AI is changing the fight against human trafficking

Photo Credit: Ira Gelb/Flickr

AI is transforming the human rights space and encouraging civilian participation in the fight against human trafficking.

Editorial

Combatting human trafficking is like a game of cat and mouse. For every progression in investigation techniques, traffickers devise equally novel methods to evade capture and continue profiting from their operations.

But artificial intelligence and machine learning are changing the game. New technologies are altering the way investigations into human trafficking are being conducted. These technologies are triggering a shift to citizen-driven investigations. Instead of investigators coming up against an information wall, modern human trafficking investigators have access to masses of information at the click of a button. The new challenge lies in interpreting that data.

A new app to identify victims of human trafficking

In February, researchers in the US revealed they had developed an AI solution that could assist in uncovering the location of sex trafficking victims. The AI engine, named Hotels-50K, relies on a database of more than one million images taken from 50,000 hotels around the world. When a photo of a victim is identified, the engine compares the image to those in its dataset to pick out the location of the specific hotel room.

The engine uses features like furniture, colour schemes, artwork on the walls and bedding to identify the hotel in question. The engine reportedly has a success rate of identifying the correct hotel 24% of the time. Given that three out of four underage victims of sex trafficking are advertised online, featuring photos frequently taken in hotels, the technology could become an essential tool in the fight against sex trafficking.

When combined with other AI solutions, the technology becomes even more valuable

Hotels-50K is useful for identifying the location of a known victim from a photo. Other AI and machine learning solutions can identify potential victims. Stylometry, for example, is a branch of machine learning which identifies language patterns in advertisements to identify an author.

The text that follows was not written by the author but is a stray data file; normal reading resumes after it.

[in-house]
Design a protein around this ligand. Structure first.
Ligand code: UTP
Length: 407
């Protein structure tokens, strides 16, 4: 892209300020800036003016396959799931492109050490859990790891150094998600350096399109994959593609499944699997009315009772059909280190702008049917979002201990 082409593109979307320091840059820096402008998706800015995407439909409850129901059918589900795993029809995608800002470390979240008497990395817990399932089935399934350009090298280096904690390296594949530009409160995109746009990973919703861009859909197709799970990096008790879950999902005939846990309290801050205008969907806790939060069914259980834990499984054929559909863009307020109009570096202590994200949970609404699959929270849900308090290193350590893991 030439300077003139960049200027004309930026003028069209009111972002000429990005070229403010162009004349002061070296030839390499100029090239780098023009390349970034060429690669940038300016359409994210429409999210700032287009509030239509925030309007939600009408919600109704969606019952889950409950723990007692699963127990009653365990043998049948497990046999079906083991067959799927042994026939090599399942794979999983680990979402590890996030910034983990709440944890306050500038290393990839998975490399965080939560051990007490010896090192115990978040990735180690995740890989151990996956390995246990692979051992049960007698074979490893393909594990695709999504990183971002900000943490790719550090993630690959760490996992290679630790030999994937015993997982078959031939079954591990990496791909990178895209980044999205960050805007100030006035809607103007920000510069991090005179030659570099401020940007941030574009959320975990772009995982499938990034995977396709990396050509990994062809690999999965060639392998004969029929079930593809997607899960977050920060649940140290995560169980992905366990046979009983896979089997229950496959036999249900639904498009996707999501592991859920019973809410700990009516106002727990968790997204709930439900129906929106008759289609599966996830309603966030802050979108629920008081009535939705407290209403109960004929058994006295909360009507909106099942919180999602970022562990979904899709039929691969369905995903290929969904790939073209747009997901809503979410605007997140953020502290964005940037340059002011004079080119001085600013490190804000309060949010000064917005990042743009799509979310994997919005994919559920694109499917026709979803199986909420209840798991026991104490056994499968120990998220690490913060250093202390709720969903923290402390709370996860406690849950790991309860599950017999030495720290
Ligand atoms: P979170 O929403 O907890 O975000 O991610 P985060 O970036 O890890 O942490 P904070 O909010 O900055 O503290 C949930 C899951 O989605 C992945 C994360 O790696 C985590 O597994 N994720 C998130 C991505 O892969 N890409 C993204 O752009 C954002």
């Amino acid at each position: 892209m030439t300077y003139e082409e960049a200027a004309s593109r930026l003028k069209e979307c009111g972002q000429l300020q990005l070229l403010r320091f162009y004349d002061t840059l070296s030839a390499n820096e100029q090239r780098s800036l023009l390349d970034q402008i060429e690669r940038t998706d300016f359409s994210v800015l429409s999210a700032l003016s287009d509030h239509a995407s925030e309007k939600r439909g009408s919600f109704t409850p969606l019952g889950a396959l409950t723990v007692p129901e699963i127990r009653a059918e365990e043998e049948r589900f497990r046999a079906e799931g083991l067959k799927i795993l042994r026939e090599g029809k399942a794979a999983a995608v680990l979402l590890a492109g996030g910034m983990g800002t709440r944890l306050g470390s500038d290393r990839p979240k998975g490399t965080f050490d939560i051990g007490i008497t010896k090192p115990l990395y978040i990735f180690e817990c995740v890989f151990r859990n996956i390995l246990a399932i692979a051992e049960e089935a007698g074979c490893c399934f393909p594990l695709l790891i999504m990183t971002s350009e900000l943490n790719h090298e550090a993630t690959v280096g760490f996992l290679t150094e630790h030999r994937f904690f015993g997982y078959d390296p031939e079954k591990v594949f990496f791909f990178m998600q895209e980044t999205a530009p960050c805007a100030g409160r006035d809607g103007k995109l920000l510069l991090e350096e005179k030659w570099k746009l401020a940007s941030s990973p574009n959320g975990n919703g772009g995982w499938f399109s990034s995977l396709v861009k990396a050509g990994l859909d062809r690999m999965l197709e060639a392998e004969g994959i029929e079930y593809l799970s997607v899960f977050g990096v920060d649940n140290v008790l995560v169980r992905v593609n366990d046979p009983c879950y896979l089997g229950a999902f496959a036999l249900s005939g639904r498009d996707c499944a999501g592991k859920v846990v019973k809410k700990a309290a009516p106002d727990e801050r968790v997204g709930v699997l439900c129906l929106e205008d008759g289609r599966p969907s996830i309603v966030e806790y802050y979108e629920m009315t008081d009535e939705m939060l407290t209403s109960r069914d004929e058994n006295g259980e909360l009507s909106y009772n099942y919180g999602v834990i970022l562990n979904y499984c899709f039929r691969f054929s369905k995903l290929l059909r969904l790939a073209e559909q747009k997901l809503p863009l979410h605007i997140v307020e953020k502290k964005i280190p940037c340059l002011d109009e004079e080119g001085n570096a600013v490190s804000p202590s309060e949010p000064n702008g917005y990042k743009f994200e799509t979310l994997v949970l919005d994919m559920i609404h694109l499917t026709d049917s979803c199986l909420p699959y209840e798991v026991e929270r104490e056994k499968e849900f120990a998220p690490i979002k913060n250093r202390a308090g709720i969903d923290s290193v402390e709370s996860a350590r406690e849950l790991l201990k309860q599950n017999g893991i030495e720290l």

Once a trafficker is detected, stylometry can be applied to reveal other advertisements written by the same author. It analyses word repetition, punctuation ad emoji use to identify the same human traffickers advertising multiple victims, even when they advertise the victim under a different phone number and email address.

During testing, the algorithm correctly identified an author from a data set in 90 out of 91 cases.

Traffic Jam, another AI engine, helps identify runaways and missing people advertised online through facial recognition software and geospatial analysis. IBM, in conjunction with Western Union and European authorities, developed a cloud-based information sharing system to detect suspicious payments that could have been made for human trafficking victims. This information is being employed to spot patterns and trends which, the computer giant hopes, will prove useful in predicting human trafficking payments before they occur.

These tools could be utilised to detect children for sale on social media in Indonesia, sex workers trafficked through Singapore and trafficked Vietnamese brides in China.

ASEAN is also employing technology to combat human trafficking

Malaysian non-profits Tenaganita and Change Your World launched an app last year which allows users to anonymously report incidents of human trafficking and send photos to investigators. The app, Be My Protector, is the region’s first app dedicated to combating human trafficking. Since last April, it has received 300 reports from both victims of human trafficking themselves and from the general public offering information on people they suspect of falling victim to human trafficking.

Tenaganita’s director, Aegile Fernandez, spoke to ASEAN Today. “All our cases go into the database, you know, so it is easier to look at the violations, to look at… the perpetrators,” she said, adding, “we know the hotspots.”

At the moment Tenaganita has to use humans to coordinate with the victims to determine their location based on noticeable landmarks that appear in the photos. However, Aegile Fernandez acknowledged that she hoped the organisation would be able to expand the app’s capabilities in the future. “In our conversations… we are saying now can we go further and use it for the [whole] ASEAN region?”

Aegile Fernandez, Director of Tenaganita
Photo Credit: YouTube/Screengrab

The technology is part of a wider shift in policing human trafficking

The rise of AI solutions is transforming the way investigators approach human trafficking investigations. Apps like Be My Protector and AI engines like Hotels-50K are encouraging civilian participation in human trafficking investigations. These technologies are harnessing the power of civilians and their smartphones to collect data on behalf of the authorities.

As a result, the role of investigators is also evolving. The newest challenge for many investigators is not necessarily finding the data but understanding it. Once again, AI is offering a solution. Technologies which allow investigators to quickly filter through the masses of citizen-gathered data are streamlining investigations.

Funding remains the biggest hurdle for ASEAN. “We are trying to seek funding in order to come up with [a way of] taking it further,” Aegile Fernandez said. To meet this funding dearth and unlock the potential of AI in the fight against human trafficking, business engagement is essential. The technical expertise and finance the private sector can bring to the fight will be invaluable.

Like in finance, insurance and agriculture, AI is set to disrupt the human rights space in ASEAN. The technology is already available. The sector is just waiting for the opportunity to unlock its potential.